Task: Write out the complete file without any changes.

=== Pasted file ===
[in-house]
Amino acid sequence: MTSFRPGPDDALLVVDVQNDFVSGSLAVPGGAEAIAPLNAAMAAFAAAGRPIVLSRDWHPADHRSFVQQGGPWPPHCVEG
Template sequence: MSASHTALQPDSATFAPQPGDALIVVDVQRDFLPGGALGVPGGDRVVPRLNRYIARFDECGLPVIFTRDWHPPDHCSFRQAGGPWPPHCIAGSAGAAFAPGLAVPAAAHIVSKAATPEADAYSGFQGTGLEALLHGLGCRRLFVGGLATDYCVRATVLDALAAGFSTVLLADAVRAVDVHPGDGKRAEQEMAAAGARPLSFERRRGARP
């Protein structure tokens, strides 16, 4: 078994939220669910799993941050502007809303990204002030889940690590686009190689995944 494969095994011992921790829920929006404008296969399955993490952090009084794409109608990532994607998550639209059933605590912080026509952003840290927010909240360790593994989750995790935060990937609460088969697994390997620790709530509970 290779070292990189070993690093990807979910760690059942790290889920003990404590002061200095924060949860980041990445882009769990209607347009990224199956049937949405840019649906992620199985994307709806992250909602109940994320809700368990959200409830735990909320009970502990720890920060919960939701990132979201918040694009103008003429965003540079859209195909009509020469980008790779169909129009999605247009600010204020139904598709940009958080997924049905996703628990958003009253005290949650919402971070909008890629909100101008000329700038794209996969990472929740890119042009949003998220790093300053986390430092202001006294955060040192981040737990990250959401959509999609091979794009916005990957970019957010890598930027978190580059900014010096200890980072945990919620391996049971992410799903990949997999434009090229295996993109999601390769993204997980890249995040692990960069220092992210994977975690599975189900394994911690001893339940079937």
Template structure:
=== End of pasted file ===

[in-house]
Amino acid sequence: MTSFRPGPDDALLVVDVQNDFVSGSLAVPGGAEAIAPLNAAMAAFAAAGRPIVLSRDWHPADHRSFVQQGGPWPPHCVEG
Template sequence: MSASHTALQPDSATFAPQPGDALIVVDVQRDFLPGGALGVPGGDRVVPRLNRYIARFDECGLPVIFTRDWHPPDHCSFRQAGGPWPPHCIAGSAGAAFAPGLAVPAAAHIVSKAATPEADAYSGFQGTGLEALLHGLGCRRLFVGGLATDYCVRATVLDALAAGFSTVLLADAVRAVDVHPGDGKRAEQEMAAAGARPLSFERRRGARP
């Protein structure tokens, strides 16, 4: 078994939220669910799993941050502007809303990204002030889940690590686009190689995944 494969095994011992921790829920929006404008296969399955993490952090009084794409109608990532994607998550639209059933605590912080026509952003840290927010909240360790593994989750995790935060990937609460088969697994390997620790709530509970 290779070292990189070993690093990807979910760690059942790290889920003990404590002061200095924060949860980041990445882009769990209607347009990224199956049937949405840019649906992620199985994307709806992250909602109940994320809700368990959200409830735990909320009970502990720890920060919960939701990132979201918040694009103008003429965003540079859209195909009509020469980008790779169909129009999605247009600010204020139904598709940009958080997924049905996703628990958003009253005290949650919402971070909008890629909100101008000329700038794209996969990472929740890119042009949003998220790093300053986390430092202001006294955060040192981040737990990250959401959509999609091979794009916005990957970019957010890598930027978190580059900014010096200890980072945990919620391996049971992410799903990949997999434009090229295996993109999601390769993204997980890249995040692990960069220092992210994977975690599975189900394994911690001893339940079937």
Template structure: